Minneapolis Ordinance Would Eliminate Parking Requirements Near Transit

Imagine the kind of infill housing developments that could follow if Minneapolis approves a proposed ordinance to reduce and eliminate parking requirements for transit-adjacent developments all over the city.

2 minute read

June 11, 2015, 2:00 PM PDT

By James Brasuell @CasualBrasuell

Minneapolis Green Line University of Minnesota

Michale Hicks / Flickr

Nick Magrino details the context and reasoning behind a proposal in Minneapolis that would reduce and eliminate minimum parking requirements [pdf] for residential developments along bus and rail transit lines.

According to Margino, the "proposal would eliminate all minimum off-street parking requirements for residential developments very close to high-frequency transit stops."

More specifically:

  1. Parking requirements would be eliminated for residential units constructed within 350 feet of a bus or rail transit stop.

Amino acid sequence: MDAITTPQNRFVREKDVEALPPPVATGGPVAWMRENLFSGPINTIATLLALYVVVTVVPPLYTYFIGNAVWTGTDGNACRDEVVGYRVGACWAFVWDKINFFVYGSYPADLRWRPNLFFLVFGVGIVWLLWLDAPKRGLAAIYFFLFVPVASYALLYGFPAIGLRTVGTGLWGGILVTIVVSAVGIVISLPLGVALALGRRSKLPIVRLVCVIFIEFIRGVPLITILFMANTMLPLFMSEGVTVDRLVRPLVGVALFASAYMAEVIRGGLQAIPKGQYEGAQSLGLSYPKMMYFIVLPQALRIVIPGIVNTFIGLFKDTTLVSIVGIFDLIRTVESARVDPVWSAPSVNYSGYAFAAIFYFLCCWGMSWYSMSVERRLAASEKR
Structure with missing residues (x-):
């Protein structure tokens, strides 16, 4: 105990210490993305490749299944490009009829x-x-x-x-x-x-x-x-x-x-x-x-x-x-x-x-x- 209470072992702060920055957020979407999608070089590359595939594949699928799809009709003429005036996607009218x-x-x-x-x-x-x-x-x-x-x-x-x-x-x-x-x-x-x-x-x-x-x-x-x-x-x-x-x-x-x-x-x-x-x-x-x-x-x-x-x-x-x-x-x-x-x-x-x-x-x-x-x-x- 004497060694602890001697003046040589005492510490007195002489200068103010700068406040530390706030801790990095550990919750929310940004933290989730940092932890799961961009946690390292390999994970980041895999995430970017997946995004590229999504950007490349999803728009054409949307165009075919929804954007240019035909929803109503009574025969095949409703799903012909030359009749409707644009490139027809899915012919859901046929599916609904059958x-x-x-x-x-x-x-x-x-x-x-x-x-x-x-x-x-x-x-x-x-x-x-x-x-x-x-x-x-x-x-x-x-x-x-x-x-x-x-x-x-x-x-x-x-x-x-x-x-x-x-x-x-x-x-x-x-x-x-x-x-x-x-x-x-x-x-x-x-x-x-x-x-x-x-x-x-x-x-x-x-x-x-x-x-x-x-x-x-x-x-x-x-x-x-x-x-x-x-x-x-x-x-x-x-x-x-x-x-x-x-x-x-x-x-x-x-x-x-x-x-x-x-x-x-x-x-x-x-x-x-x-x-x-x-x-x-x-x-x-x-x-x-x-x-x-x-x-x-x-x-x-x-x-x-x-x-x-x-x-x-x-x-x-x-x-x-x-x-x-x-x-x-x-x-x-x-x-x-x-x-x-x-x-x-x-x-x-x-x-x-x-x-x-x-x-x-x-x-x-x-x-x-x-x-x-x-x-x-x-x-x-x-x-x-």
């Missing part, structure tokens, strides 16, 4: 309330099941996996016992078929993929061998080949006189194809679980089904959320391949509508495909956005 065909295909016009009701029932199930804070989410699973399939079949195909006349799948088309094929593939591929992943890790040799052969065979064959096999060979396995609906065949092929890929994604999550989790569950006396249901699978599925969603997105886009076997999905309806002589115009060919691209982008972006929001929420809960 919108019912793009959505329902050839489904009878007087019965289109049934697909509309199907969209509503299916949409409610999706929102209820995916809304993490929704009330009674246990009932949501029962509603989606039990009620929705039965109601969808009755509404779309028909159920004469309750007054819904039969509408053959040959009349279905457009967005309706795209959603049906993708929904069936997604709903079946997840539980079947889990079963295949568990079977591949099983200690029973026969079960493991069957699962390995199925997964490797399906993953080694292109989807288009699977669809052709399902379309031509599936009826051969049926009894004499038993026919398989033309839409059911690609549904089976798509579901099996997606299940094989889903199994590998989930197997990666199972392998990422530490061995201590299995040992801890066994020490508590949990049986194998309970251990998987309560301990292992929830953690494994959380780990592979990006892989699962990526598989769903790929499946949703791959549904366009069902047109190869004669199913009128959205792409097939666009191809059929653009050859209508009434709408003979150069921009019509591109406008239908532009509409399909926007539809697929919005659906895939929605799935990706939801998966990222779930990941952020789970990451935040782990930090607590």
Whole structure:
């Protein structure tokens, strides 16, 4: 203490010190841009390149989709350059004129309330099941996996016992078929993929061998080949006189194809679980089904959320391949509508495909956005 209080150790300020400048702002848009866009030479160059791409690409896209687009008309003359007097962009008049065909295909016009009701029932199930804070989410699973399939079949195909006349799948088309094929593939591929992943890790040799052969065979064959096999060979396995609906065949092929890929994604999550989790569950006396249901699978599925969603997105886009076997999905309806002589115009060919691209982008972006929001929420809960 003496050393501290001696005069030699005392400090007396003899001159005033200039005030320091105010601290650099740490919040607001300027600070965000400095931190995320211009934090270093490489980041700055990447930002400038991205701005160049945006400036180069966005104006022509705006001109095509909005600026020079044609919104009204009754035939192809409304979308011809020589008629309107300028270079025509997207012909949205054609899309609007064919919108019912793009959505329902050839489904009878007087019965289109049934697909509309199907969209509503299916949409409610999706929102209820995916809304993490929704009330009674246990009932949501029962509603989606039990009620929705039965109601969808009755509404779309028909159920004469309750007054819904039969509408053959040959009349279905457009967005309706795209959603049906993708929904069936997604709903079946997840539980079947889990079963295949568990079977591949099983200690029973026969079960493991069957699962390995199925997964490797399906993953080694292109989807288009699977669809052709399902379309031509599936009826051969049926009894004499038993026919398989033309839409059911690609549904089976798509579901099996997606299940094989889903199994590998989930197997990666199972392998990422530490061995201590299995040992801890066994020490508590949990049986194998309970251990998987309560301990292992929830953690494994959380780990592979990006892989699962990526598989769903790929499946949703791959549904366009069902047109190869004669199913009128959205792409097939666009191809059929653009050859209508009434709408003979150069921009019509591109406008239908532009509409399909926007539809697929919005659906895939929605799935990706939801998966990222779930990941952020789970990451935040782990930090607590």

2. At a second-tier of parking requirements, residential buildings built within one-quarter mile of bus or rail stops with midday service and 15 minute headways would have two requirements. Building with 3-50 units would have no required parking, and buildings of greater than 50 units would require one space per two units.
  3. A third tier of parking requirements would allow a 10 percent reduction of parking requirements (from a previous 1:1 parking to unit ration) for residential buildings of any size within 350 feet of bus or rail transit stops with 15- to 30-minute headways.

 The article includes tables and a map to make the new parking requirements a little easier to digest.

Margino also notes that most of Downtown Minneapolis has been without minimum parking requirements for residential developments since 2009, though few developers have taken advantage of the ordinance yet. If adopted, however, the new requirement would open up new infill opportunities all over the city. Without the constraints of high land costs in Downtown, Margino speculates that more housing typologies of the "missing middle" variety (e.g., courtyard apartments, bungalow courts, townhouses, and live/work lofts) could become feasible.

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